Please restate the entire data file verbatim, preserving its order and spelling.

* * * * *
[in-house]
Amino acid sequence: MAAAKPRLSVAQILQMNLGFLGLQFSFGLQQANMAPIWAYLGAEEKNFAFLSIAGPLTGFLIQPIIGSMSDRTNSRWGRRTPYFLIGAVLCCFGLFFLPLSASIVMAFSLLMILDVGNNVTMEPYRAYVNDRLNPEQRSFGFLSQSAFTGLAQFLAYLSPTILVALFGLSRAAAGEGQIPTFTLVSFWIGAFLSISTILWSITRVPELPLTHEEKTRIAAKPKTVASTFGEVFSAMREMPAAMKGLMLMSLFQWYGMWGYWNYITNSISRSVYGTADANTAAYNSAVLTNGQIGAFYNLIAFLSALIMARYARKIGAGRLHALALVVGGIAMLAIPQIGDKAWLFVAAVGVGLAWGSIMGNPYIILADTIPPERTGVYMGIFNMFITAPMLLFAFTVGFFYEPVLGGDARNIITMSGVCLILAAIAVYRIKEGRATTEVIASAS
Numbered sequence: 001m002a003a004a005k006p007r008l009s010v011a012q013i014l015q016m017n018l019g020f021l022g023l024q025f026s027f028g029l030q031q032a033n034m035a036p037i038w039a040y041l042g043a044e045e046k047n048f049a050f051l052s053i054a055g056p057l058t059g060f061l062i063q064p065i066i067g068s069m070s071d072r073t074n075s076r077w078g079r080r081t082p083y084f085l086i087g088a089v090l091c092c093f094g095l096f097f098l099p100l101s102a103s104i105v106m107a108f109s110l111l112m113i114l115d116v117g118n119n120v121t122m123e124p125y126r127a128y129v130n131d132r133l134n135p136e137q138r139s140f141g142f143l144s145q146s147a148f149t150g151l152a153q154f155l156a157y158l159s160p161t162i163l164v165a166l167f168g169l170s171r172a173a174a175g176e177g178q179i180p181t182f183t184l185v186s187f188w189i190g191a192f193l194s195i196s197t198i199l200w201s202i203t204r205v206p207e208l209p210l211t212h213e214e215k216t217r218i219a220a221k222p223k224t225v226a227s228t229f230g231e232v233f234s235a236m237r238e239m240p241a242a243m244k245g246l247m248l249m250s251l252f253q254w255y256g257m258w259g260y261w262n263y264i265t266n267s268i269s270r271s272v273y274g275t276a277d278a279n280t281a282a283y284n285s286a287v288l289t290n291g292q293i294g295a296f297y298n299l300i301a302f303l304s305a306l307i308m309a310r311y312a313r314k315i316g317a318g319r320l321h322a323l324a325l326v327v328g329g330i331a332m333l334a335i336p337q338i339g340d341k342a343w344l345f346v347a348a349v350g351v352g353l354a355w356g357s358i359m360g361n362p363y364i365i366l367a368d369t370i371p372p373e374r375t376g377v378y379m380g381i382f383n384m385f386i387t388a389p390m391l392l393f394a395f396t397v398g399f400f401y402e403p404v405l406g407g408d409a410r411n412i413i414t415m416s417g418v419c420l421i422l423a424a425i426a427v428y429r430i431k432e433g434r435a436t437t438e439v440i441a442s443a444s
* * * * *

[in-house]
Amino acid sequence: MAAAKPRLSVAQILQMNLGFLGLQFSFGLQQANMAPIWAYLGAEEKNFAFLSIAGPLTGFLIQPIIGSMSDRTNSRWGRRTPYFLIGAVLCCFGLFFLPLSASIVMAFSLLMILDVGNNVTMEPYRAYVNDRLNPEQRSFGFLSQSAFTGLAQFLAYLSPTILVALFGLSRAAAGEGQIPTFTLVSFWIGAFLSISTILWSITRVPELPLTHEEKTRIAAKPKTVASTFGEVFSAMREMPAAMKGLMLMSLFQWYGMWGYWNYITNSISRSVYGTADANTAAYNSAVLTNGQIGAFYNLIAFLSALIMARYARKIGAGRLHALALVVGGIAMLAIPQIGDKAWLFVAAVGVGLAWGSIMGNPYIILADTIPPERTGVYMGIFNMFITAPMLLFAFTVGFFYEPVLGGDARNIITMSGVCLILAAIAVYRIKEGRATTEVIASAS
Numbered sequence: 001m002a003a004a005k006p007r008l009s010v011a012q013i014l015q016m017n018l019g020f021l022g023l024q025f026s027f028g029l030q031q032a033n034m035a036p037i038w039a040y041l042g043a044e045e046k047n048f049a050f051l052s053i054a055g056p057l058t059g060f061l062i063q064p065i066i067g068s069m070s071d072r073t074n075s076r077w078g079r080r081t082p083y084f085l086i087g088a089v090l091c092c093f094g095l096f097f098l099p100l101s102a103s104i105v106m107a108f109s110l111l112m113i114l115d116v117g118n119n120v121t122m123e124p125y126r127a128y129v130n131d132r133l134n135p136e137q138r139s140f141g142f143l144s145q146s147a148f149t150g151l152a153q154f155l156a157y158l159s160p161t162i163l164v165a166l167f168g169l170s171r172a173a174a175g176e177g178q179i180p181t182f183t184l185v186s187f188w189i190g191a192f193l194s195i196s197t198i199l200w201s202i203t204r205v206p207e208l209p210l211t212h213e214e215k216t217r218i219a220a221k222p223k224t225v226a227s228t229f230g231e232v233f234s235a236m237r238e239m240p241a242a243m244k245g246l247m248l249m250s251l252f253q254w255y256g257m258w259g260y261w262n263y264i265t266n267s268i269s270r271s272v273y274g275t276a277d278a279n280t281a282a283y284n285s286a287v288l289t290n291g292q293i294g295a296f297y298n299l300i301a302f303l304s305a306l307i308m309a310r311y312a313r314k315i316g317a318g319r320l321h322a323l324a325l326v327v328g329g330i331a332m333l334a335i336p337q338i339g340d341k342a343w344l345f346v347a348a349v350g351v352g353l354a355w356g357s358i359m360g361n362p363y364i365i366l367a368d369t370i371p372p373e374r375t376g377v378y379m380g381i382f383n384m385f386i387t388a389p390m391l392l393f394a395f396t397v398g399f400f401y402e403p404v405l406g407g408d409a410r411n412i413i414t415m416s417g418v419c420l421i422l423a424a425i426a427v428y429r430i431k432e433g434r435a436t437t438e439v440i441a442s443a444s